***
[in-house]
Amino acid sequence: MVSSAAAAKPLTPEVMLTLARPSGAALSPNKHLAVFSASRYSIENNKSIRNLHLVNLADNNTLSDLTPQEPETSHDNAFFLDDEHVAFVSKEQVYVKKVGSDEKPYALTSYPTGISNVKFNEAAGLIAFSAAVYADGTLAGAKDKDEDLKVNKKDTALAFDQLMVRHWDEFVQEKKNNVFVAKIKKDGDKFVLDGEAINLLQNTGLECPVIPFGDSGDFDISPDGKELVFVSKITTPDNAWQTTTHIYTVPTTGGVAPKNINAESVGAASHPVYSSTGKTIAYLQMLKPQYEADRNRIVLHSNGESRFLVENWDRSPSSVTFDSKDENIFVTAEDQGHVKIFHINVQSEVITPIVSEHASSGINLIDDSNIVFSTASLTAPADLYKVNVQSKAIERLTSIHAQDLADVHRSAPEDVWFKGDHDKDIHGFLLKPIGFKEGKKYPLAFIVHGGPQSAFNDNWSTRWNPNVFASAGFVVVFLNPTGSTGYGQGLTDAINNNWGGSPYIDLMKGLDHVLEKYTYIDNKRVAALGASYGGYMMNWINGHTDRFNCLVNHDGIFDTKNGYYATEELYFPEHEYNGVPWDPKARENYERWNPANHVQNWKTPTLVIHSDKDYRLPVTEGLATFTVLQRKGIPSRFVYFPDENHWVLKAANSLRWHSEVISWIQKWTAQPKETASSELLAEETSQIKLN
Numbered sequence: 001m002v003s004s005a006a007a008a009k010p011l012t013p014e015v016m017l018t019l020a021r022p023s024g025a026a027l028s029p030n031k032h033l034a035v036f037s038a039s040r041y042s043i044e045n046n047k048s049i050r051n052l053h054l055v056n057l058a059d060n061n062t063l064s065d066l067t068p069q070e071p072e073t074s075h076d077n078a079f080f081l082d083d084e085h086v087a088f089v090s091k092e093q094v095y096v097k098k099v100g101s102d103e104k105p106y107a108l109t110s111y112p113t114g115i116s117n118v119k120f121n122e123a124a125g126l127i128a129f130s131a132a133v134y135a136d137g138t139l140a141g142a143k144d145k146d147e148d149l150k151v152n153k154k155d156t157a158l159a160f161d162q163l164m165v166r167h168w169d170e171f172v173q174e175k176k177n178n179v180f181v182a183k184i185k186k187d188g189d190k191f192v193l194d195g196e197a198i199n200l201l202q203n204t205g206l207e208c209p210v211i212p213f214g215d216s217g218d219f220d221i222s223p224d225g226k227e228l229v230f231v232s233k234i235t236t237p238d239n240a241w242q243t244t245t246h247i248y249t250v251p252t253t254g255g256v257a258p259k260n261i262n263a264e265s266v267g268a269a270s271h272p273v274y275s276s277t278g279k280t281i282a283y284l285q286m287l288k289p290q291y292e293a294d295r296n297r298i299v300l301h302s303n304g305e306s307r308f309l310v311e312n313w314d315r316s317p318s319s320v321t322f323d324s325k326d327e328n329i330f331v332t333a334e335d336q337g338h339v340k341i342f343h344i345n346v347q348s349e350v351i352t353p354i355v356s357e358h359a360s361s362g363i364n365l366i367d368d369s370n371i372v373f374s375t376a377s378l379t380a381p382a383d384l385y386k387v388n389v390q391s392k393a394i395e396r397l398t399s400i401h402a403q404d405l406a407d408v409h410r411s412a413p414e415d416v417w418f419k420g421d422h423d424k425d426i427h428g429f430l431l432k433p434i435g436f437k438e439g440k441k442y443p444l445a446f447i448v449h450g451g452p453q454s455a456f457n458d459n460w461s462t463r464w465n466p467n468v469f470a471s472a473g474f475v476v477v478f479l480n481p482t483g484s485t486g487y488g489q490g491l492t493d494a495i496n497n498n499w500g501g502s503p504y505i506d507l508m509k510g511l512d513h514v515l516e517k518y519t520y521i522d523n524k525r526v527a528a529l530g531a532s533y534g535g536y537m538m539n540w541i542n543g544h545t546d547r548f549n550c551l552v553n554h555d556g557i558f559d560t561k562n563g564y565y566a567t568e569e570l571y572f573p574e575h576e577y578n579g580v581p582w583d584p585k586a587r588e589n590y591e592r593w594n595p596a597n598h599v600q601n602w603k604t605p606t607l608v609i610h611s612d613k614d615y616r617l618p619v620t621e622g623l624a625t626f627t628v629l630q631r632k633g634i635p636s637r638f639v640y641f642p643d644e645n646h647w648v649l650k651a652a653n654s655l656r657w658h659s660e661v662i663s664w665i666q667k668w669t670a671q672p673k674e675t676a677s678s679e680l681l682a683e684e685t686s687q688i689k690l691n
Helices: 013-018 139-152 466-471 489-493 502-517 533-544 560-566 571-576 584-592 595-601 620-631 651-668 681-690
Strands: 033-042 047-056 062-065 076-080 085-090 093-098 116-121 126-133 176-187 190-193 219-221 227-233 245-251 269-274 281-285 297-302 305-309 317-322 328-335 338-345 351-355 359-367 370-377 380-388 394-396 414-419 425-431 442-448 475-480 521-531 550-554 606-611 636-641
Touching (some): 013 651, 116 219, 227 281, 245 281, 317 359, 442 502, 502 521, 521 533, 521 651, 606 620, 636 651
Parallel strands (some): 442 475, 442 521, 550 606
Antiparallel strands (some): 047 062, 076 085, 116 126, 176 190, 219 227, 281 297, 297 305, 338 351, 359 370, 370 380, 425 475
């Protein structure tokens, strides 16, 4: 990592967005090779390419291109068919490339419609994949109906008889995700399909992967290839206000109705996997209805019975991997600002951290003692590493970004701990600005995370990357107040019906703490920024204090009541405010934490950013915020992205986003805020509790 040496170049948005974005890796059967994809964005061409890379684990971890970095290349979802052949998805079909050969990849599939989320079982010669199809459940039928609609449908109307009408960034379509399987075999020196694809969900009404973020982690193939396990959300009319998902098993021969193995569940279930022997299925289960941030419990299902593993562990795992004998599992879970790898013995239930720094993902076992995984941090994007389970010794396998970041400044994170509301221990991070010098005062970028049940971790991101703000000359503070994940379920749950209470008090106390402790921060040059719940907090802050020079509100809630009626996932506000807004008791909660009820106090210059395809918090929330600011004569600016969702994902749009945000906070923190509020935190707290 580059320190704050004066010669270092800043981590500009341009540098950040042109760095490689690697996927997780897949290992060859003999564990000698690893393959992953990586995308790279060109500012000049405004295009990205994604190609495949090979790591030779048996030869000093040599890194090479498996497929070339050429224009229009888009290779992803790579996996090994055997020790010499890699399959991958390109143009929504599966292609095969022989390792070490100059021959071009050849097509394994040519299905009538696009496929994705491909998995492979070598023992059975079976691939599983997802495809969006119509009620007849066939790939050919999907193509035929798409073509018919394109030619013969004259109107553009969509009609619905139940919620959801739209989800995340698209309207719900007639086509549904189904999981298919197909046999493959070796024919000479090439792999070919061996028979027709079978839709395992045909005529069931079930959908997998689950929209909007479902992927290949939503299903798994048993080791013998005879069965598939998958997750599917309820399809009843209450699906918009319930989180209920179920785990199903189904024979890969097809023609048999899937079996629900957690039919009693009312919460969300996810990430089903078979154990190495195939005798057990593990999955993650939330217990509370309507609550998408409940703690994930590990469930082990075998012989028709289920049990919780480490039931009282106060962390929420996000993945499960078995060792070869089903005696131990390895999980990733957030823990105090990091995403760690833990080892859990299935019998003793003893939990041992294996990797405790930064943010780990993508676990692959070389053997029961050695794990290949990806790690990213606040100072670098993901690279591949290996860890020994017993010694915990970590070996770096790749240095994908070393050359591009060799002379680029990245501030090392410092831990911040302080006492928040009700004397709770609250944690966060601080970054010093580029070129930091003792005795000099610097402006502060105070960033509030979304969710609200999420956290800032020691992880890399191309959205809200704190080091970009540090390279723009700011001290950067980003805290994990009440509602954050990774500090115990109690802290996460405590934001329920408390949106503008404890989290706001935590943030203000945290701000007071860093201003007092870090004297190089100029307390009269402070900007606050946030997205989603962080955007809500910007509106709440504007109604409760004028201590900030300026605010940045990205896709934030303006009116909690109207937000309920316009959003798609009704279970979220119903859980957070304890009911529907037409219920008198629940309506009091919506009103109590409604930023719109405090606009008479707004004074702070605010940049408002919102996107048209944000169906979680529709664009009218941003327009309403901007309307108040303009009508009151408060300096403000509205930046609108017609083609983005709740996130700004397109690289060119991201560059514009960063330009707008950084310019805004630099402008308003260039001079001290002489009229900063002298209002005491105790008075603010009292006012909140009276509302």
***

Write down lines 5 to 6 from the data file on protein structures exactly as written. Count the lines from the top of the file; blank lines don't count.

Strands: 033-042 047-056 062-065 076-080 085-090 093-098 116-121 126-133 176-187 190-193 219-221 227-233 245-251 269-274 281-285 297-302 305-309 317-322 328-335 338-345 351-355 359-367 370-377 380-388 394-396 414-419 425-431 442-448 475-480 521-531 550-554 606-611 636-641
Touching (some): 013 651, 116 219, 227 281, 245 281, 317 359, 442 502, 502 521, 521 533, 521 651, 606 620, 636 651